The invitation from Rome Opera was to do a piece which would use only recorded music, not to require an orchestra or chorus or solo opera singers. I tried valiantly to do this. I invited two composers: Nhlanhla Mahlangu, who works a lot with vocals, with singers and choirs; and Kyle Shepherd, who is a well-known South African jazz pianist, to work with me on the project. The astringency in Kyle’s piano-playing seemed to have an echo to the 1960s Italian modernist music from the Calder. At the same time, something that would root us directly into the human problems of knowing our future, our fates, our agency or lack of agency in our fates, seemed suggested in the work with Nhlanhla and the singers.

But when we had our first workshop in Johannesburg, in which we brought together the singers, the pianist, a dancer to be the Sibyl, costume designer, set designer, videographer, the editor of the animations I’ve been drawing, we discovered very quickly that the magic of the piece was in the live performance of the music. At this point the project became possible to do only if we could have these singers on stage. The piano part in the piece remains recorded as one layer of the music in the piece, layered together with live voices.

The next stage was to find the questions that were being asked. This was done as a collage. As much as the pages are gathered from many different books, the lines that appear in the projection of the piece, which become its libretto, come from many different sources: from proverbs, from phrases I’ve found in old notebooks of my own, lines of poets from Finland, Israel, South Africa, North Africa, many places in South America and around the world – which are either used as they were or adapted or changed, but which in some way address the question: ‘To what end?’

Part of the form became the projections of the texts and the drawings in the book and the shadow made in the book by the performer of the Sibyl. Different scenes were added. A scene in the waiting room for the Sibyl. A scene about which is the right decision and which is the wrong one. How do you know which is the chair that will collapse when you sit on it and which is the chair that will support you? Is the plane that you’re rushing to catch the one that will crash or do you relax and not catch that plane and take the next one – and in fact that is the one that crashes? In other words, one wishes to avoid one’s fate, but one knows that one is headed directly towards it.

We had two workshops in Johannesburg to develop the material and to rehearse some of the scenes. The final rehearsals will be in Rome in the week before the Waiting for the Sybil opens, keeping an openness as to what may emerge, even an openness as to what the themes in the piece will be. We started with Calder, we discovered a Sibyl, and we found the questions the Sibyl needed to answer.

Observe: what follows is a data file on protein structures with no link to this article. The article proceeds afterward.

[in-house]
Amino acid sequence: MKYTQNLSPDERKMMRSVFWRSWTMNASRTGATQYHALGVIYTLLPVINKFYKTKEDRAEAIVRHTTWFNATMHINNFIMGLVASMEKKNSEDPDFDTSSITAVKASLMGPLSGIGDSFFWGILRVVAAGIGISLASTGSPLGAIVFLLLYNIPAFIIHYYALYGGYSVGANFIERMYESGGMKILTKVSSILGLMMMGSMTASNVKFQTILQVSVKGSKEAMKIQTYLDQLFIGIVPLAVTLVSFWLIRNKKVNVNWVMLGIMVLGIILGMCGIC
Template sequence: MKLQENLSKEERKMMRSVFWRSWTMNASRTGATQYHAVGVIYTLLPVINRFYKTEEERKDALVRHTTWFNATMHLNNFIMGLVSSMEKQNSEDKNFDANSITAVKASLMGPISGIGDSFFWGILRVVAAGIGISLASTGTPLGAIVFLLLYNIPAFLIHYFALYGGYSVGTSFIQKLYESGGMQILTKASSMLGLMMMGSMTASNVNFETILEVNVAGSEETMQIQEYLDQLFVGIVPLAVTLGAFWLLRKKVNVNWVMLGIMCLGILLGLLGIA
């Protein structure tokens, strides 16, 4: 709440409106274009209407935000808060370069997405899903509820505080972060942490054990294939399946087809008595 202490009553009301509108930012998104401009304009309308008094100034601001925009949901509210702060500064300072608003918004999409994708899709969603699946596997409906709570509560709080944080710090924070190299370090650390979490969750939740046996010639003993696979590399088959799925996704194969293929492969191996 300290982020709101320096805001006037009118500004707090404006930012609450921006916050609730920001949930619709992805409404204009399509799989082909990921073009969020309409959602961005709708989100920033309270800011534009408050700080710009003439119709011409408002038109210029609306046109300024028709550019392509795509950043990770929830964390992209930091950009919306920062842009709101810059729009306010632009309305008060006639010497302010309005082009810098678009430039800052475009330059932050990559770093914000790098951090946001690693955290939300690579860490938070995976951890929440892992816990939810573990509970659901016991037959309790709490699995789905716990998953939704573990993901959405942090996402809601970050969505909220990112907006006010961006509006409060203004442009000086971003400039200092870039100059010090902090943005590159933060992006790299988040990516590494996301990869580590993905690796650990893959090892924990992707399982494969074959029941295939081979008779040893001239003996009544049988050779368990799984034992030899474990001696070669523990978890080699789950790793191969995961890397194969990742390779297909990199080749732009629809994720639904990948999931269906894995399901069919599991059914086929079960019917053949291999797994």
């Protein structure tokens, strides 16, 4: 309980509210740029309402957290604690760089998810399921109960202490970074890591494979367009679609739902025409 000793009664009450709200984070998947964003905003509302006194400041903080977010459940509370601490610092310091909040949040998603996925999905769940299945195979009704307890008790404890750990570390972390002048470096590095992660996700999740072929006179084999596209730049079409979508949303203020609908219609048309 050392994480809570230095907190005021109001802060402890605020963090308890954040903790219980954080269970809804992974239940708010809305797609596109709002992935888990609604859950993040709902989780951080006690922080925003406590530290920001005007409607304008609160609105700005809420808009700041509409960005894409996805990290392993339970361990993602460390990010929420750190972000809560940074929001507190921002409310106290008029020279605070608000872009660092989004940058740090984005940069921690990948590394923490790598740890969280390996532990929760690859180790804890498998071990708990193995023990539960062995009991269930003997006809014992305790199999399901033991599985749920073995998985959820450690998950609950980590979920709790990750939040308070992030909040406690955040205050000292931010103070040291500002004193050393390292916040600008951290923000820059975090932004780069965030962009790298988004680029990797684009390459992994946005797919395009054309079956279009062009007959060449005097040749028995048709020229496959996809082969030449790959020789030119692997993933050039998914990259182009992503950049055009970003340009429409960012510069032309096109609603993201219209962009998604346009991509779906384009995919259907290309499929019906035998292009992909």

Hovering over this, unspoken in the opera, but certainly in our heads, was the fact that our contemporary Sibyl is the algorithm that will predict our future, our health, whether we’ll get a bank loan, whether we’ll live to 80, what our genetics will be. But there is a way in which we are still fighting to hold on to the possibility of a human Sibyl: the desire we have for something other than the machine, to guide us in how we see our future.

William Kentridge, 2019

Waiting for the Sibyl was originally commissioned as a companion piece for Alexander Calder’s 1968 Work in Progress – the only theatrical production imagined entirely by Calder and performed on only three occasions at Teatro dell’Opera di Roma.

Performers & Creative team

With music composed and conceived by Nhlanhla Mahlangu and Kyle Shepherd
Part 1: The Moment Has Gone
Part 2: Waiting for the Sibyl


Creative Team

William Kentridge Concept / Director
Nhlanhla Mahlangu Choral Composer / Associate Director
Kyle Shepherd Composer / Music Director
Žana Marović Editing / Compositing
Greta Goiris Costume Design
Sabine Theunissen Set Design
Urs Schönebaum Lighting Design
Gavan Eckhart Sound Engineering
Duško Marović Cinematography
Kim Gunning Video Orchestration


Created and performed by

Kyle Shepherd Piano
Nhlanhla Mahlangu Vocalist / Dancer
Xolisile Bongwana Vocalist / Dancer
Thulani Chauke Dancer
Teresa Phuti Mojela Dancer
Thandazile ‘Sonia’ Radebe Dancer
Ayanda Nhlangothi Vocalist
Zandile Hlatshwayo Vocalist
Siphiwe Nkabinde Vocalist
S’busiso Shozi Vocalist


Additional production credits

Boyd Design Technical Direction
Brendon Boyd Production Manager
Carly Levin Technical Director
Meghan Williams Stage Manager
Elena Gui Lighting Design Associate
Lissy Barnes-Flint Props Master
Mathilde Baillarger Costume Supervisor
Stella Olivier Still Photography
Žana Marović Video Editing and Compositing
Joanna Dudley Voice over ‘Starve the Algorithm’
Chris Waldo de Wet Studio Technical Director
Emmanuelle Erhart, Carlo Di Mascolo, David Engler Costume Fabricators
Jonas Lundquist Specialist Prop Fabricator
Jacques van Staden, Jessica Jones Studio Assistants


THE OFFICE performing arts + film Executive Producer

Rachel Chanoff, Laurie Cearley, Lynn Koek, Catherine DeGennaro, Zion Jackson, Noah Bashevkin, Erica Zielinski, Olli Chanoff, Nadine Goellner, Gabrielle Davenport, Chloe Golding, Kyla Gardner, Bruna D’Avila, Scout Eisenberg


Toured in partnership with Quaternaire | Paris
Sarah Ford
and Felicitas Willems


Additional credits

William Kentridge Studio, Anne McIlleron, Linda Leibowitz, Taryn Buccellato, Natalie Dembo and Joy Lowdon

Special thanks to the entire team at Teatro dell’Opera di Roma and Carlo Fuortes for proposing the collaboration.